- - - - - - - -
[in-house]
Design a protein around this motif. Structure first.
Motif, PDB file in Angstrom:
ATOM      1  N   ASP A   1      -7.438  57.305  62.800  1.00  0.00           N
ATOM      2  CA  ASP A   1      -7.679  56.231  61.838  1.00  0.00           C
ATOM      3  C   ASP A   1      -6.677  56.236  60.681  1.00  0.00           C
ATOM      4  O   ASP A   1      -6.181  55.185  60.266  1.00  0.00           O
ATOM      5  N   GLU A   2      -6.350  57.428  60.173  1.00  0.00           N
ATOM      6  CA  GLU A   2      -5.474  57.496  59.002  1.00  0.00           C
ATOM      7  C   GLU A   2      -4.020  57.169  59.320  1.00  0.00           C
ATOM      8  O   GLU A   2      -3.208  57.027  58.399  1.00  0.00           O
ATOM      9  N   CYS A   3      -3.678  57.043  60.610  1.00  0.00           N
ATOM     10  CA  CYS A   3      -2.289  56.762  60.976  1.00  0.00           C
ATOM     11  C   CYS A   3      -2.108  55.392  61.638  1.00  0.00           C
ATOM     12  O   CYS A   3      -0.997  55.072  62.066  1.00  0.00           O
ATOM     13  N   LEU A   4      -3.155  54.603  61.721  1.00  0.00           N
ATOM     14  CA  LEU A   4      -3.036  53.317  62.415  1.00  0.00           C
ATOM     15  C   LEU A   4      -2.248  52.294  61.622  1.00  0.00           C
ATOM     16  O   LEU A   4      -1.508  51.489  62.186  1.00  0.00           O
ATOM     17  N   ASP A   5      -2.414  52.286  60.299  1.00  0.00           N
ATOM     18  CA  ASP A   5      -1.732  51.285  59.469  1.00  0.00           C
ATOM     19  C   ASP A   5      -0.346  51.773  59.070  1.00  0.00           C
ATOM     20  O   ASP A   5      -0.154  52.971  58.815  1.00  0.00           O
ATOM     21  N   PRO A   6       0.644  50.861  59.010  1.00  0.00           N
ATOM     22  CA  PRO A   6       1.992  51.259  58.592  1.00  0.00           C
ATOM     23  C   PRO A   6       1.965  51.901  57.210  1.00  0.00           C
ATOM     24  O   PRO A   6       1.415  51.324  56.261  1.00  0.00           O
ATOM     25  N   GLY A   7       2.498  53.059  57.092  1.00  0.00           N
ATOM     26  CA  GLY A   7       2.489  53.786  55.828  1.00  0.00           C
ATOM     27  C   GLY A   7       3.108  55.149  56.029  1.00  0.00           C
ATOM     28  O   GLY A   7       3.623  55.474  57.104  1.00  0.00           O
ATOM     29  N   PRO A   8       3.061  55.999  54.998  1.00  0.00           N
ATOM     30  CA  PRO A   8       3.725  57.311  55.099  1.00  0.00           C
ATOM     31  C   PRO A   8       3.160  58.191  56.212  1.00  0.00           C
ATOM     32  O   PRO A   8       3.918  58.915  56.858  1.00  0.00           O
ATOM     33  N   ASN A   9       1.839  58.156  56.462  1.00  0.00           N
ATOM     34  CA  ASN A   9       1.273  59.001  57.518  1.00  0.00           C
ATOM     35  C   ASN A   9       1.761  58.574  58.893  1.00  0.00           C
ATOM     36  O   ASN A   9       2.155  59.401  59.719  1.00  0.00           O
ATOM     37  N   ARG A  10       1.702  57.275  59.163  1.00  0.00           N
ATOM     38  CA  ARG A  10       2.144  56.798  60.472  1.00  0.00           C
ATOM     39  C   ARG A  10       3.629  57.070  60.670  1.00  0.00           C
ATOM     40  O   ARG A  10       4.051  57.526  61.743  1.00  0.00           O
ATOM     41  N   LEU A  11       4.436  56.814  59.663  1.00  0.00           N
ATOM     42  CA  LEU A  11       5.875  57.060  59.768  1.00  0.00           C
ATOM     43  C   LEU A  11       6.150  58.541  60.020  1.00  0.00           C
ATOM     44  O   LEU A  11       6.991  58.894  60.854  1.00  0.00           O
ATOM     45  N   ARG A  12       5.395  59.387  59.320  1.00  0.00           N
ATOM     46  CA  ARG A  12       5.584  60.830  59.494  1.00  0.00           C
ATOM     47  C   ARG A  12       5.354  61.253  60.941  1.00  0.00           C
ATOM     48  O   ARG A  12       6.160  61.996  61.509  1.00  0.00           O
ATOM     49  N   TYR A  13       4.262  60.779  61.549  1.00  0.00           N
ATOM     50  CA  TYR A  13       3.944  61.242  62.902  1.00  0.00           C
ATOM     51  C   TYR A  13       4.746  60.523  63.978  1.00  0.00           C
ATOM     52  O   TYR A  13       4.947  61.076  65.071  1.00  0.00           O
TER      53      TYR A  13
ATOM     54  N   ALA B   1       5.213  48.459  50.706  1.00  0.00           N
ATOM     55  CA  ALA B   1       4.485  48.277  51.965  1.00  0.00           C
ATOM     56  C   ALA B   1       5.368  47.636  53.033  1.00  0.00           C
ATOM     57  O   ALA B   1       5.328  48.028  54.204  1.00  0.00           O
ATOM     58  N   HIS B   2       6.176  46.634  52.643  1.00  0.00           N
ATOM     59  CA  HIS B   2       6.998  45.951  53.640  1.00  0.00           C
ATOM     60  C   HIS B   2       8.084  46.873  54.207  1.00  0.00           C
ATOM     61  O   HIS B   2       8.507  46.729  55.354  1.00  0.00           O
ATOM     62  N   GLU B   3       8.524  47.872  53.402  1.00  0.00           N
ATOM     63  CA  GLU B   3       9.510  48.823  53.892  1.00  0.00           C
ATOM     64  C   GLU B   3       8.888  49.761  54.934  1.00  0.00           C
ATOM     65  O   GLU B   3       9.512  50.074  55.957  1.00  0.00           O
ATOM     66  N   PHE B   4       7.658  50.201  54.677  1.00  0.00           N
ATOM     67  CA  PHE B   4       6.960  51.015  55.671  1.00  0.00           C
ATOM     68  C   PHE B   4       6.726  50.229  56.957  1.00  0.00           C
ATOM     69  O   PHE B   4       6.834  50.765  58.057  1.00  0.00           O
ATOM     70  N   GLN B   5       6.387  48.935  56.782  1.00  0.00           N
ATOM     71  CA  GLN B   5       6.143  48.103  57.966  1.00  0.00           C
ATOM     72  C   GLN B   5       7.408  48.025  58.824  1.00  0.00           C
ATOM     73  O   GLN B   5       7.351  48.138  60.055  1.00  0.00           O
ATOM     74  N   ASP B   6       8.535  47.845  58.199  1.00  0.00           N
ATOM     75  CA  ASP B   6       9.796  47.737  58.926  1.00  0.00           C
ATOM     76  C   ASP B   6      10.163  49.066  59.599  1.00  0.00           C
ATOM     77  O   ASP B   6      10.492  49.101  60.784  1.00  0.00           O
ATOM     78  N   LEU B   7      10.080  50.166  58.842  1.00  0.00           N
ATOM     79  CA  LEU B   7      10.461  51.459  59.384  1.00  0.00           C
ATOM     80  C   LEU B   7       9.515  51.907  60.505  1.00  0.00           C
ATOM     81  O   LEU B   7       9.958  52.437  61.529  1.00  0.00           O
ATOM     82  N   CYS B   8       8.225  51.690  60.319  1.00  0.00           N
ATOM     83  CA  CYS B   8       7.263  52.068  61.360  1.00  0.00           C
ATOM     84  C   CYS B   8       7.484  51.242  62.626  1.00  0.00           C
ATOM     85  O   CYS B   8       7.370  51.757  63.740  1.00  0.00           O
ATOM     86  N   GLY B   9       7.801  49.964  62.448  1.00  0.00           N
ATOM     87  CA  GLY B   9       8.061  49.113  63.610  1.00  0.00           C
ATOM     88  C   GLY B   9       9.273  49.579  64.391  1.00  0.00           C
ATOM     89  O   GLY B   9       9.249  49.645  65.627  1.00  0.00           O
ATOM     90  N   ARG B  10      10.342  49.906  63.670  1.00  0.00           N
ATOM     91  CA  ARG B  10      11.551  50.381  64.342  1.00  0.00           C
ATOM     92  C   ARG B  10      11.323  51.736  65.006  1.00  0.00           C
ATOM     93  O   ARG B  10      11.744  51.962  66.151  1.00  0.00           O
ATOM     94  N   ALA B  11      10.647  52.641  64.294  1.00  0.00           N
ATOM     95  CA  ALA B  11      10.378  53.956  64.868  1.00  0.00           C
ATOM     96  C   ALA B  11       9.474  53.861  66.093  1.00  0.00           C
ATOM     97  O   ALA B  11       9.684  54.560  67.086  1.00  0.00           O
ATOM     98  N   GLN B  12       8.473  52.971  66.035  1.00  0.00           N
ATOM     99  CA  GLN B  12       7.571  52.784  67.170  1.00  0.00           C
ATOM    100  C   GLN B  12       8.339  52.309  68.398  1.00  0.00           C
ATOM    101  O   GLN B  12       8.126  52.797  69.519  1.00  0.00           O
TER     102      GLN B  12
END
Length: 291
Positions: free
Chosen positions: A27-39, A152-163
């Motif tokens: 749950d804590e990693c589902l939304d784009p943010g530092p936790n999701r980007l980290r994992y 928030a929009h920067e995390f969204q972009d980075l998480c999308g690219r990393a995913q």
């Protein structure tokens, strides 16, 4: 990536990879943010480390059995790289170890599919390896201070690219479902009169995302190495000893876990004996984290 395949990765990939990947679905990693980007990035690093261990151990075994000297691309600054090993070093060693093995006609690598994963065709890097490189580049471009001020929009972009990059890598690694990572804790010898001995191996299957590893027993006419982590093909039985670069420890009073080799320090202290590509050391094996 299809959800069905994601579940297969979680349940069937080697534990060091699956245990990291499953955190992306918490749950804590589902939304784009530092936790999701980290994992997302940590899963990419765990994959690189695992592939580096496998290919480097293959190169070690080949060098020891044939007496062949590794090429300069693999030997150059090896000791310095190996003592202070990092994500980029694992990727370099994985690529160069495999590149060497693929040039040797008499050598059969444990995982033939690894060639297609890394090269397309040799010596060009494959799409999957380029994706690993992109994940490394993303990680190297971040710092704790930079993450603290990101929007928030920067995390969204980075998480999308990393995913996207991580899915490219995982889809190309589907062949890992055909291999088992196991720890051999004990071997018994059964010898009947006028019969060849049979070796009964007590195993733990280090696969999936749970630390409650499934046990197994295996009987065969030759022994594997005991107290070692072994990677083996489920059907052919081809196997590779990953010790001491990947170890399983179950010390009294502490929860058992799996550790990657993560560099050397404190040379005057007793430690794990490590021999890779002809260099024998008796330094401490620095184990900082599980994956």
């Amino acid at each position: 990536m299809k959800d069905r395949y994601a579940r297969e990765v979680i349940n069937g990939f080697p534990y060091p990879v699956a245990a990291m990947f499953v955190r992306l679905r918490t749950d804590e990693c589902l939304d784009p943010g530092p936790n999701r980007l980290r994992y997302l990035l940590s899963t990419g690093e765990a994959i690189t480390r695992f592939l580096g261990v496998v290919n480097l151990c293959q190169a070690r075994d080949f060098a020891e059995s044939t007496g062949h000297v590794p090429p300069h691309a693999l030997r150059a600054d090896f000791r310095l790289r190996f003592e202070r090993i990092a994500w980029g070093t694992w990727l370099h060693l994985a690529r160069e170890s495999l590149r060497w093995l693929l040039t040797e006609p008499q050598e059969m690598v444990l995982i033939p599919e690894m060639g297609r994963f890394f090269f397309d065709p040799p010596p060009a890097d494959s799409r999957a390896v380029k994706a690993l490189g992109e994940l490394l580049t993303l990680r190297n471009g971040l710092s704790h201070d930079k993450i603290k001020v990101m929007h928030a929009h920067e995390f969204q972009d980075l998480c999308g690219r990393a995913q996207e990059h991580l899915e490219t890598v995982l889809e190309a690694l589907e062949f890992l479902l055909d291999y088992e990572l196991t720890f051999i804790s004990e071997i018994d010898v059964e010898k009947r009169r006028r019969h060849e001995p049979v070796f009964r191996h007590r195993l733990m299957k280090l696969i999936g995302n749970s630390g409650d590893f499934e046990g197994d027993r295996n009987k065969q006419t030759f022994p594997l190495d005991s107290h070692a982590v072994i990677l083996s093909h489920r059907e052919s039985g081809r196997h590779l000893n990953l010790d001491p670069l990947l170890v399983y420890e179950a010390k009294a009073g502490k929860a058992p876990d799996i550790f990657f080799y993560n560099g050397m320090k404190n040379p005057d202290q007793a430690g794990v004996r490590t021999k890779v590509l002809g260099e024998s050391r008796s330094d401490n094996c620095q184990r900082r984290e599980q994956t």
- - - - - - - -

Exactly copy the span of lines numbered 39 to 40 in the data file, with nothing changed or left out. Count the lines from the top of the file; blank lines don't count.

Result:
ATOM     36  O   ASN A   9       2.155  59.401  59.719  1.00  0.00           O
ATOM     37  N   ARG A  10       1.702  57.275  59.163  1.00  0.00           N